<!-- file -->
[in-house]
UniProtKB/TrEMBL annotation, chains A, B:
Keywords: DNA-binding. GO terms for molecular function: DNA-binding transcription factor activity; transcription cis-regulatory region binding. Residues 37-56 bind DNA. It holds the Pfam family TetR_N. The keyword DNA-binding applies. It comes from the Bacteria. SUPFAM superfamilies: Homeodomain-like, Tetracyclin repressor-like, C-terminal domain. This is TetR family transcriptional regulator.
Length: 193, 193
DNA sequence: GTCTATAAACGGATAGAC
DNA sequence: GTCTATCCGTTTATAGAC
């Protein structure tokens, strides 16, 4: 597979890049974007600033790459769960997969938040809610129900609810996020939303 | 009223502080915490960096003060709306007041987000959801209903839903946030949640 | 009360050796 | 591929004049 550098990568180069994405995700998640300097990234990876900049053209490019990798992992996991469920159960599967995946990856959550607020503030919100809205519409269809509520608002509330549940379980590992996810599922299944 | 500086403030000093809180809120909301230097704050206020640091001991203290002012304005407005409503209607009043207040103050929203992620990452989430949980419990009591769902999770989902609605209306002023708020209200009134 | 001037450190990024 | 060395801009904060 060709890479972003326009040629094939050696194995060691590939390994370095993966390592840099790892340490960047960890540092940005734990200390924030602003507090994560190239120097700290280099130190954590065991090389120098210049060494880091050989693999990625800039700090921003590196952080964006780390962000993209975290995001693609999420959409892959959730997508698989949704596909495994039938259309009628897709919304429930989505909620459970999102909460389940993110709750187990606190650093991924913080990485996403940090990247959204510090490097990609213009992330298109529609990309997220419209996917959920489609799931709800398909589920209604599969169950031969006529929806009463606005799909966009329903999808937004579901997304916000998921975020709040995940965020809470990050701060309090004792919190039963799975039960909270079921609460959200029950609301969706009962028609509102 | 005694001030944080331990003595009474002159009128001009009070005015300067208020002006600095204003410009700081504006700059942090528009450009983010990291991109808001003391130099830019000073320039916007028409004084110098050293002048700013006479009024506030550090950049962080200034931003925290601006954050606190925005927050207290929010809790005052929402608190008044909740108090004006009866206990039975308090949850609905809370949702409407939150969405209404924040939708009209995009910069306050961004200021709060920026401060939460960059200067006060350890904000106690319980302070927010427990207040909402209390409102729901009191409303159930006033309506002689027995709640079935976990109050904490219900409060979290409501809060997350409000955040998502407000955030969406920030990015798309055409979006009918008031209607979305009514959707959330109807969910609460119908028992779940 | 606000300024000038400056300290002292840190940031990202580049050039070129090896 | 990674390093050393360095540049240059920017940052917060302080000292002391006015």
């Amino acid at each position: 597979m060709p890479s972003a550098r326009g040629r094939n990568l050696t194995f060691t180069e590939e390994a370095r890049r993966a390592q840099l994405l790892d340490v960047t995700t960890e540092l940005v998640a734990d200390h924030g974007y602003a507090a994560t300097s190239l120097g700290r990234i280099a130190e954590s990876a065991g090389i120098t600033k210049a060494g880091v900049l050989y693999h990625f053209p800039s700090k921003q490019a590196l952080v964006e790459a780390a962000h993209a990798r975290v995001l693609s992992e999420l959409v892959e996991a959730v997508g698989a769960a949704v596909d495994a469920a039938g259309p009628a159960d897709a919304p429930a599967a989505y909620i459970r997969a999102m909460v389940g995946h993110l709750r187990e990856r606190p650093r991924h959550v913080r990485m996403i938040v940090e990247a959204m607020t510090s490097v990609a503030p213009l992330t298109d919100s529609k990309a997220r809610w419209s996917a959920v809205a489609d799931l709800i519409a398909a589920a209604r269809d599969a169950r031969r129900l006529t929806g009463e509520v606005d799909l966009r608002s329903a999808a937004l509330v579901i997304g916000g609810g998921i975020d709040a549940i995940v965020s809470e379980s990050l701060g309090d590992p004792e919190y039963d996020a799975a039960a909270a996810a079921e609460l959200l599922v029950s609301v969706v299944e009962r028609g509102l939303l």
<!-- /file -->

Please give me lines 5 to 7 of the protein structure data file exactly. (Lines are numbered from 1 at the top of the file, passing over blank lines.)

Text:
DNA sequence: GTCTATAAACGGATAGAC
DNA sequence: GTCTATCCGTTTATAGAC
């Protein structure tokens, strides 16, 4: 597979890049974007600033790459769960997969938040809610129900609810996020939303 | 009223502080915490960096003060709306007041987000959801209903839903946030949640 | 009360050796 | 591929004049 550098990568180069994405995700998640300097990234990876900049053209490019990798992992996991469920159960599967995946990856959550607020503030919100809205519409269809509520608002509330549940379980590992996810599922299944 | 500086403030000093809180809120909301230097704050206020640091001991203290002012304005407005409503209607009043207040103050929203992620990452989430949980419990009591769902999770989902609605209306002023708020209200009134 | 001037450190990024 | 060395801009904060 060709890479972003326009040629094939050696194995060691590939390994370095993966390592840099790892340490960047960890540092940005734990200390924030602003507090994560190239120097700290280099130190954590065991090389120098210049060494880091050989693999990625800039700090921003590196952080964006780390962000993209975290995001693609999420959409892959959730997508698989949704596909495994039938259309009628897709919304429930989505909620459970999102909460389940993110709750187990606190650093991924913080990485996403940090990247959204510090490097990609213009992330298109529609990309997220419209996917959920489609799931709800398909589920209604599969169950031969006529929806009463606005799909966009329903999808937004579901997304916000998921975020709040995940965020809470990050701060309090004792919190039963799975039960909270079921609460959200029950609301969706009962028609509102 | 005694001030944080331990003595009474002159009128001009009070005015300067208020002006600095204003410009700081504006700059942090528009450009983010990291991109808001003391130099830019000073320039916007028409004084110098050293002048700013006479009024506030550090950049962080200034931003925290601006954050606190925005927050207290929010809790005052929402608190008044909740108090004006009866206990039975308090949850609905809370949702409407939150969405209404924040939708009209995009910069306050961004200021709060920026401060939460960059200067006060350890904000106690319980302070927010427990207040909402209390409102729901009191409303159930006033309506002689027995709640079935976990109050904490219900409060979290409501809060997350409000955040998502407000955030969406920030990015798309055409979006009918008031209607979305009514959707959330109807969910609460119908028992779940 | 606000300024000038400056300290002292840190940031990202580049050039070129090896 | 990674390093050393360095540049240059920017940052917060302080000292002391006015």